Distinguishing between healthy fats and bad fats is one of the most important first steps to improving your diet, long-term health, and the way you feel. I used to believe that a healthy diet meant consuming as little dietary fat as possible. Trying to follow the “fat-free” craze, I was immediately turned off from anything with even a trace amount of fat in it, even if it contained mostly healthy fats. Under the impression that all fats were evil, I never really paid attention to the little subcategories…
Taking an amazing nutrition class this past semester with Roberta Anding, MS,RD/LD,CSSD,CDE opened my eyes to the truth about fats: that banning them completely from your diet is NOT the healthiest way to live, and that “eating fat will make you fat” is actually a misconception. The key is understanding the different types of fat. Replacing bad fats with right kinds of fats (in moderation of course) in a healthy overall diet actually promotes health and prevents disease more effectively than getting rid of all fats.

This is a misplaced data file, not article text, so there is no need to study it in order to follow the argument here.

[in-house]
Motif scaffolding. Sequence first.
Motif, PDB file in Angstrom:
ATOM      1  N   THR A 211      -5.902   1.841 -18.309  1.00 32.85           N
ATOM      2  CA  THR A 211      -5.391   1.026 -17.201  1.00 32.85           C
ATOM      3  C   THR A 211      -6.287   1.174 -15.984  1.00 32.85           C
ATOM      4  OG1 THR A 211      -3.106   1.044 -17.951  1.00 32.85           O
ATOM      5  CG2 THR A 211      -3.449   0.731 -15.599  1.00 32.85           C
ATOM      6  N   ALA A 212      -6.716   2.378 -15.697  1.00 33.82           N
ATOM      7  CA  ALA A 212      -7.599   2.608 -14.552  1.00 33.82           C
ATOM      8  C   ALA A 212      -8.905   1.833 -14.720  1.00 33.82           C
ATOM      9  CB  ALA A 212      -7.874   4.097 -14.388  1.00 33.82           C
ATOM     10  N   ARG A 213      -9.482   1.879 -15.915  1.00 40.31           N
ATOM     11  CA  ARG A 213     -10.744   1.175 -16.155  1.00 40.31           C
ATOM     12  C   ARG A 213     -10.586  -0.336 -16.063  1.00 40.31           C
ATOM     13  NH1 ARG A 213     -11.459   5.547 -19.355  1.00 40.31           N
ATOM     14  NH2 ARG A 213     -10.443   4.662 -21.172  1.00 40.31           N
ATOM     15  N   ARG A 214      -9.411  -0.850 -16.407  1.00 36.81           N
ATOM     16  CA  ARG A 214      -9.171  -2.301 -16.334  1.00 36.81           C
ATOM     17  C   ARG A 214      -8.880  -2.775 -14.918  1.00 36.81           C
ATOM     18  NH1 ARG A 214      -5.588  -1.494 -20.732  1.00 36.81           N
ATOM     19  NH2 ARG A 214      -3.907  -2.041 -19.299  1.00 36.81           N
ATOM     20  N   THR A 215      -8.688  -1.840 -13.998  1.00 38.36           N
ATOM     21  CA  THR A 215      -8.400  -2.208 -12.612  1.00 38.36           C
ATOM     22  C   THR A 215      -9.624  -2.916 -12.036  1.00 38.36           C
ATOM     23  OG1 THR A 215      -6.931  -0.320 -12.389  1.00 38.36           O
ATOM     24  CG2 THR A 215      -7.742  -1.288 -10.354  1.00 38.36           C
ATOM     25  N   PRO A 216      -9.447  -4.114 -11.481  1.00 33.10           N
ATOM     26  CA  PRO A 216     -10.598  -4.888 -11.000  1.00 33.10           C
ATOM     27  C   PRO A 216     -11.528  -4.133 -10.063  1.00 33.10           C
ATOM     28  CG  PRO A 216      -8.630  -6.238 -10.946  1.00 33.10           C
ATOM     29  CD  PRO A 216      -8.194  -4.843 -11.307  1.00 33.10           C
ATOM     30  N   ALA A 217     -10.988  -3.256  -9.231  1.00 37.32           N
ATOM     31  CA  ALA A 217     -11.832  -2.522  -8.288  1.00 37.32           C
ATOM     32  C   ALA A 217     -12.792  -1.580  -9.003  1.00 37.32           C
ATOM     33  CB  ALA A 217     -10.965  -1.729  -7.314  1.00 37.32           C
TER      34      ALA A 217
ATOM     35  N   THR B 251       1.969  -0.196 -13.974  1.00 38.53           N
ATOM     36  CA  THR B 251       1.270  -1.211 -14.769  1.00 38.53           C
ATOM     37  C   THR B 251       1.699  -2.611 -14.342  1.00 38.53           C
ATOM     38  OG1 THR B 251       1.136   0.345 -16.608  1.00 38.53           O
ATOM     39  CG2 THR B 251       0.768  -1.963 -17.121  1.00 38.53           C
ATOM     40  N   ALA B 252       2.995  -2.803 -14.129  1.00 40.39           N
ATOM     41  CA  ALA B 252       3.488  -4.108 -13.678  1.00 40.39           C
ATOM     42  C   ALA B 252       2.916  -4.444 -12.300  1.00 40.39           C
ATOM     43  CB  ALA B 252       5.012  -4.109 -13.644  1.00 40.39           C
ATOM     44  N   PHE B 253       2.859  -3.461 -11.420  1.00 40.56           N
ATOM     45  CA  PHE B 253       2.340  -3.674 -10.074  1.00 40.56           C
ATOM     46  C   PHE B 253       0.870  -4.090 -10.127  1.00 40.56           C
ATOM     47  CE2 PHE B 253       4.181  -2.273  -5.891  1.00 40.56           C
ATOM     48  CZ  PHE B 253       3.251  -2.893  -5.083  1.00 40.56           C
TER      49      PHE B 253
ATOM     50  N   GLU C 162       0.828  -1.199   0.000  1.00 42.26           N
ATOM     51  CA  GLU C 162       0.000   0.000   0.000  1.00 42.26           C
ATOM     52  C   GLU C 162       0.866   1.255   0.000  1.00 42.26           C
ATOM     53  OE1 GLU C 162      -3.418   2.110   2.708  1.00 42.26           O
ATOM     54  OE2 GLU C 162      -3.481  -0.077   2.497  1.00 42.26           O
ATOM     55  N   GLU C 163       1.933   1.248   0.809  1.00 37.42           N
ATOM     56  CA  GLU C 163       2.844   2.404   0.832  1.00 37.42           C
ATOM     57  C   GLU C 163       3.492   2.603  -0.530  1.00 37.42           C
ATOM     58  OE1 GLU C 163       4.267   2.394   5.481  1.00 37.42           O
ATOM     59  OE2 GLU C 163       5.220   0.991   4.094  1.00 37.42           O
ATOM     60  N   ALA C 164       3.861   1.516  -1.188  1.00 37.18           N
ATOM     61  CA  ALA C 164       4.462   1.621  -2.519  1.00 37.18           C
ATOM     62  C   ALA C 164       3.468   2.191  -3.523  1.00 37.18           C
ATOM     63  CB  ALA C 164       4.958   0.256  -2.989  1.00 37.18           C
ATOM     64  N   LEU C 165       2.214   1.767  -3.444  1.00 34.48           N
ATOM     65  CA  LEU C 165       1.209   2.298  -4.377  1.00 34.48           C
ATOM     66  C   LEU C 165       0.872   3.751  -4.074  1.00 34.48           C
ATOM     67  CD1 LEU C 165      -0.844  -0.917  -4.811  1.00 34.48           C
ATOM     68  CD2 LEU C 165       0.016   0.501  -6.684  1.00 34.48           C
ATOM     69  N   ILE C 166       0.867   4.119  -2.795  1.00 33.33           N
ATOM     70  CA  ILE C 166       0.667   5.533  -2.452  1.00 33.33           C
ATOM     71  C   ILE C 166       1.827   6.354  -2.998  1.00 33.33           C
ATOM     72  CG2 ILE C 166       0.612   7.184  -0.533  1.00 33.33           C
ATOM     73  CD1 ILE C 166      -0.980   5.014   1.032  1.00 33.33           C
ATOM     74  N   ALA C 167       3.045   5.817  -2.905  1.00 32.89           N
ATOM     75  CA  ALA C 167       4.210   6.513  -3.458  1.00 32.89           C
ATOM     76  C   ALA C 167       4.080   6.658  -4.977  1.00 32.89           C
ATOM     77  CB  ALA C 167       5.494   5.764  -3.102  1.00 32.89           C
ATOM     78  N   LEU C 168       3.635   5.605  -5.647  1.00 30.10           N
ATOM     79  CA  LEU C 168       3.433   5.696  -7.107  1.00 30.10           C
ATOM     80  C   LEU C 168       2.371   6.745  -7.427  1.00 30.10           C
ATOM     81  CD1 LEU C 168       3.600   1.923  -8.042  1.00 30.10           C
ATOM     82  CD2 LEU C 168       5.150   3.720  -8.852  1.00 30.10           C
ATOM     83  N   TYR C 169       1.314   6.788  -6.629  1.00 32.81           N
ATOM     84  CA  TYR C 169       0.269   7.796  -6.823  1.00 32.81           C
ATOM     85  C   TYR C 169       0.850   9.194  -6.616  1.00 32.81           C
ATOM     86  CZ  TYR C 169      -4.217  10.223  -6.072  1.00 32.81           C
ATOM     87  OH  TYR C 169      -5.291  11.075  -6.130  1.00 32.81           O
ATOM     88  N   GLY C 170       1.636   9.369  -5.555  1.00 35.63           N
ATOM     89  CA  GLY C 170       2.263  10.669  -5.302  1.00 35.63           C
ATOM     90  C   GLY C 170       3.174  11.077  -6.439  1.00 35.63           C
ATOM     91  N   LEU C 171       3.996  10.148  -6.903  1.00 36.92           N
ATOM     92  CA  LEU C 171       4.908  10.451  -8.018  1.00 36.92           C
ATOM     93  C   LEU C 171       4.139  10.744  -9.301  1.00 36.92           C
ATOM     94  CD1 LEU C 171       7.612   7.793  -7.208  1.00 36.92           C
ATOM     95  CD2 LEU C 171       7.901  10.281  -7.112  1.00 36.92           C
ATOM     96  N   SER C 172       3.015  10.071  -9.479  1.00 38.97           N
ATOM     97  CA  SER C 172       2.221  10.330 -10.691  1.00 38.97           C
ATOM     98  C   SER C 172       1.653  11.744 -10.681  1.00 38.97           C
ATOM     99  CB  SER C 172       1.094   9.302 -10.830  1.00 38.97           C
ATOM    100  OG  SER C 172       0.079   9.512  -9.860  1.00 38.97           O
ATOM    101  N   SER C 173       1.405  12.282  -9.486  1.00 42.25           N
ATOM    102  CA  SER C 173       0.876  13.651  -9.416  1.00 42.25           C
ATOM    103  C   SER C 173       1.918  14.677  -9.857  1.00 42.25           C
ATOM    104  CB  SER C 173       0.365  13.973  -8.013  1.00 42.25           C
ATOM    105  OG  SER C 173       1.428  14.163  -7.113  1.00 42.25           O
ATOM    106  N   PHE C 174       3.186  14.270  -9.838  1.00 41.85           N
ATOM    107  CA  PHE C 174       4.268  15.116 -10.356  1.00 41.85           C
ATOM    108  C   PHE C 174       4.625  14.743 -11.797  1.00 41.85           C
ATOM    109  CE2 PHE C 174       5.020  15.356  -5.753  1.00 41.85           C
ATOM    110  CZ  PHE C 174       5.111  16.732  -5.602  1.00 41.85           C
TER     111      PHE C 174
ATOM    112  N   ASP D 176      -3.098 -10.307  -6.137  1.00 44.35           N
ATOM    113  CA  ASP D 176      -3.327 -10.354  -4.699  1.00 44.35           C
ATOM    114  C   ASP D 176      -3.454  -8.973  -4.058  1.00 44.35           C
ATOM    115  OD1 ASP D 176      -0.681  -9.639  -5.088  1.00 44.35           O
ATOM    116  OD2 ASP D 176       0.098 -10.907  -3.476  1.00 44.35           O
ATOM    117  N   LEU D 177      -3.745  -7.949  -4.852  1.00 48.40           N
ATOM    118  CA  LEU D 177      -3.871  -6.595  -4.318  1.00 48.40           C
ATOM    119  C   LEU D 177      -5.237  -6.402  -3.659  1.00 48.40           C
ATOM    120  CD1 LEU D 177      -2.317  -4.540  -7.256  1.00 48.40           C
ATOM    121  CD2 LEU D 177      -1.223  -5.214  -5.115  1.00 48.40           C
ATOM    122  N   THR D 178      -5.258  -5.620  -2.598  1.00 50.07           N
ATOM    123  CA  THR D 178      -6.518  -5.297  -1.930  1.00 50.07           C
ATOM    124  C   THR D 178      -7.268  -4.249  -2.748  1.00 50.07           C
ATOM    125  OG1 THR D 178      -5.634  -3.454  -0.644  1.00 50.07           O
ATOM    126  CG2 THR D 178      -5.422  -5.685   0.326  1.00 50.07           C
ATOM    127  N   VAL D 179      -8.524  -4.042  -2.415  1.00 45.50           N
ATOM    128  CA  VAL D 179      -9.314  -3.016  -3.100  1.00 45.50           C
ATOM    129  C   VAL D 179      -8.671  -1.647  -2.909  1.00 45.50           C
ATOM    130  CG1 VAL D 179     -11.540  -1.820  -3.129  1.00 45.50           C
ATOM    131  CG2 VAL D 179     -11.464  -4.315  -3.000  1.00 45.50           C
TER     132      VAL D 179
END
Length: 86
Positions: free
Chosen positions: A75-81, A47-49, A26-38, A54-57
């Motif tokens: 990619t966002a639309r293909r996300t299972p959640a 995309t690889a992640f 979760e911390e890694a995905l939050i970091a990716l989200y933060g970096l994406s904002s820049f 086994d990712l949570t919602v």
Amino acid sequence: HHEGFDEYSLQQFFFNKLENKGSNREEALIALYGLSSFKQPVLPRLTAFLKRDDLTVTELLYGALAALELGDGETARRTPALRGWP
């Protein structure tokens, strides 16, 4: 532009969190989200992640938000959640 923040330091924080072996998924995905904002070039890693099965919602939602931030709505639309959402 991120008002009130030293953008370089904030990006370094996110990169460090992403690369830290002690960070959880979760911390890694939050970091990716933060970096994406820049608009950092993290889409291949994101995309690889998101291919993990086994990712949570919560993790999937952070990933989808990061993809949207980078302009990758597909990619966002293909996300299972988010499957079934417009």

The basic types of fat:
The BAD fats: trans and saturated